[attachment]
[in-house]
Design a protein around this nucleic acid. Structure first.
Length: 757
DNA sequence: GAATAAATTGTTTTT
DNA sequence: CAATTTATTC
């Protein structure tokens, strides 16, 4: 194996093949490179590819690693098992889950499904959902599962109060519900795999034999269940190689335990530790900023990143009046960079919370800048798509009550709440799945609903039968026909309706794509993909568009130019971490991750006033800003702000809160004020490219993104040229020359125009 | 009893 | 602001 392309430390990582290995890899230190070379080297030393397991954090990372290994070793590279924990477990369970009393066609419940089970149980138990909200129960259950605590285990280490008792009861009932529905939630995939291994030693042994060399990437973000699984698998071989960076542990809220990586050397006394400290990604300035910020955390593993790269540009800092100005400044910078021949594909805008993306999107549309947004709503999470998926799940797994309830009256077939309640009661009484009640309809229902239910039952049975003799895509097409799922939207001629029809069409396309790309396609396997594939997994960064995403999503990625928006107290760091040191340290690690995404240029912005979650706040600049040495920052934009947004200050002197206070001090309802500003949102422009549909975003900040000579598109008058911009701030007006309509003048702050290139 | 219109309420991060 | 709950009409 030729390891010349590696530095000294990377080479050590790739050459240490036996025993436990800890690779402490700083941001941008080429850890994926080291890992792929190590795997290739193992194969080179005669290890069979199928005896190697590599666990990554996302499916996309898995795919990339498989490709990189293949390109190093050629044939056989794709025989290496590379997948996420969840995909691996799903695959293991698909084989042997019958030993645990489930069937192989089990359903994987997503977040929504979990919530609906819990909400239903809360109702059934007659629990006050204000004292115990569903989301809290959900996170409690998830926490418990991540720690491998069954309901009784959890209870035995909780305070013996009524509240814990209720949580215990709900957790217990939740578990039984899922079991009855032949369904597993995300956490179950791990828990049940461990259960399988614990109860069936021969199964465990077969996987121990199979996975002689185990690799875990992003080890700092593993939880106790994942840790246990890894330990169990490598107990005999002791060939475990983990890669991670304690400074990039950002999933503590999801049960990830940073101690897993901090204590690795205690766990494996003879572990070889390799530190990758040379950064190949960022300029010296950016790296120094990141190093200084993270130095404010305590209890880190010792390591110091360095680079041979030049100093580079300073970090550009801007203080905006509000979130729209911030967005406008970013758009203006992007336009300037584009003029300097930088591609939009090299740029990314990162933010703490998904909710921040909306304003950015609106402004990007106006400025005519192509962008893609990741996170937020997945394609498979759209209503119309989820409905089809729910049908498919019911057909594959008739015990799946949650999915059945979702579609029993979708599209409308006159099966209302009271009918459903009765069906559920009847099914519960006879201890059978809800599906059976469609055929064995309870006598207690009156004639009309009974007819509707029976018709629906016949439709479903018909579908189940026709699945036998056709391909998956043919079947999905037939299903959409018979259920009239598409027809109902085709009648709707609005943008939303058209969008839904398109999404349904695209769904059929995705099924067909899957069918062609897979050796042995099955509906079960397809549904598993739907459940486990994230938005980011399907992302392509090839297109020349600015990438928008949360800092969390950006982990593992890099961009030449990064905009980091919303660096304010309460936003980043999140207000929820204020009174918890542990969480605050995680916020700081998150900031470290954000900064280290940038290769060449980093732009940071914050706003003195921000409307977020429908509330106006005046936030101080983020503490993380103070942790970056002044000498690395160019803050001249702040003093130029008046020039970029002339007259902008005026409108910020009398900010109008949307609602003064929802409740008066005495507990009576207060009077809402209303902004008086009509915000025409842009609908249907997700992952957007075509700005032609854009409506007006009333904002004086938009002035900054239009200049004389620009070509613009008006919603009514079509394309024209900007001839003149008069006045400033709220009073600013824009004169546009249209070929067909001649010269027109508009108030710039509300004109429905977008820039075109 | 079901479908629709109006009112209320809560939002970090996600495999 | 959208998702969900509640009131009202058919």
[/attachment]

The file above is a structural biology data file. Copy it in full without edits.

[in-house]
Design a protein around this nucleic acid. Structure first.
Length: 757
DNA sequence: GAATAAATTGTTTTT
DNA sequence: CAATTTATTC
């Protein structure tokens, strides 16, 4: 194996093949490179590819690693098992889950499904959902599962109060519900795999034999269940190689335990530790900023990143009046960079919370800048798509009550709440799945609903039968026909309706794509993909568009130019971490991750006033800003702000809160004020490219993104040229020359125009 | 009893 | 602001 392309430390990582290995890899230190070379080297030393397991954090990372290994070793590279924990477990369970009393066609419940089970149980138990909200129960259950605590285990280490008792009861009932529905939630995939291994030693042994060399990437973000699984698998071989960076542990809220990586050397006394400290990604300035910020955390593993790269540009800092100005400044910078021949594909805008993306999107549309947004709503999470998926799940797994309830009256077939309640009661009484009640309809229902239910039952049975003799895509097409799922939207001629029809069409396309790309396609396997594939997994960064995403999503990625928006107290760091040191340290690690995404240029912005979650706040600049040495920052934009947004200050002197206070001090309802500003949102422009549909975003900040000579598109008058911009701030007006309509003048702050290139 | 219109309420991060 | 709950009409 030729390891010349590696530095000294990377080479050590790739050459240490036996025993436990800890690779402490700083941001941008080429850890994926080291890992792929190590795997290739193992194969080179005669290890069979199928005896190697590599666990990554996302499916996309898995795919990339498989490709990189293949390109190093050629044939056989794709025989290496590379997948996420969840995909691996799903695959293991698909084989042997019958030993645990489930069937192989089990359903994987997503977040929504979990919530609906819990909400239903809360109702059934007659629990006050204000004292115990569903989301809290959900996170409690998830926490418990991540720690491998069954309901009784959890209870035995909780305070013996009524509240814990209720949580215990709900957790217990939740578990039984899922079991009855032949369904597993995300956490179950791990828990049940461990259960399988614990109860069936021969199964465990077969996987121990199979996975002689185990690799875990992003080890700092593993939880106790994942840790246990890894330990169990490598107990005999002791060939475990983990890669991670304690400074990039950002999933503590999801049960990830940073101690897993901090204590690795205690766990494996003879572990070889390799530190990758040379950064190949960022300029010296950016790296120094990141190093200084993270130095404010305590209890880190010792390591110091360095680079041979030049100093580079300073970090550009801007203080905006509000979130729209911030967005406008970013758009203006992007336009300037584009003029300097930088591609939009090299740029990314990162933010703490998904909710921040909306304003950015609106402004990007106006400025005519192509962008893609990741996170937020997945394609498979759209209503119309989820409905089809729910049908498919019911057909594959008739015990799946949650999915059945979702579609029993979708599209409308006159099966209302009271009918459903009765069906559920009847099914519960006879201890059978809800599906059976469609055929064995309870006598207690009156004639009309009974007819509707029976018709629906016949439709479903018909579908189940026709699945036998056709391909998956043919079947999905037939299903959409018979259920009239598409027809109902085709009648709707609005943008939303058209969008839904398109999404349904695209769904059929995705099924067909899957069918062609897979050796042995099955509906079960397809549904598993739907459940486990994230938005980011399907992302392509090839297109020349600015990438928008949360800092969390950006982990593992890099961009030449990064905009980091919303660096304010309460936003980043999140207000929820204020009174918890542990969480605050995680916020700081998150900031470290954000900064280290940038290769060449980093732009940071914050706003003195921000409307977020429908509330106006005046936030101080983020503490993380103070942790970056002044000498690395160019803050001249702040003093130029008046020039970029002339007259902008005026409108910020009398900010109008949307609602003064929802409740008066005495507990009576207060009077809402209303902004008086009509915000025409842009609908249907997700992952957007075509700005032609854009409506007006009333904002004086938009002035900054239009200049004389620009070509613009008006919603009514079509394309024209900007001839003149008069006045400033709220009073600013824009004169546009249209070929067909001649010269027109508009108030710039509300004109429905977008820039075109 | 079901479908629709109006009112209320809560939002970090996600495999 | 959208998702969900509640009131009202058919």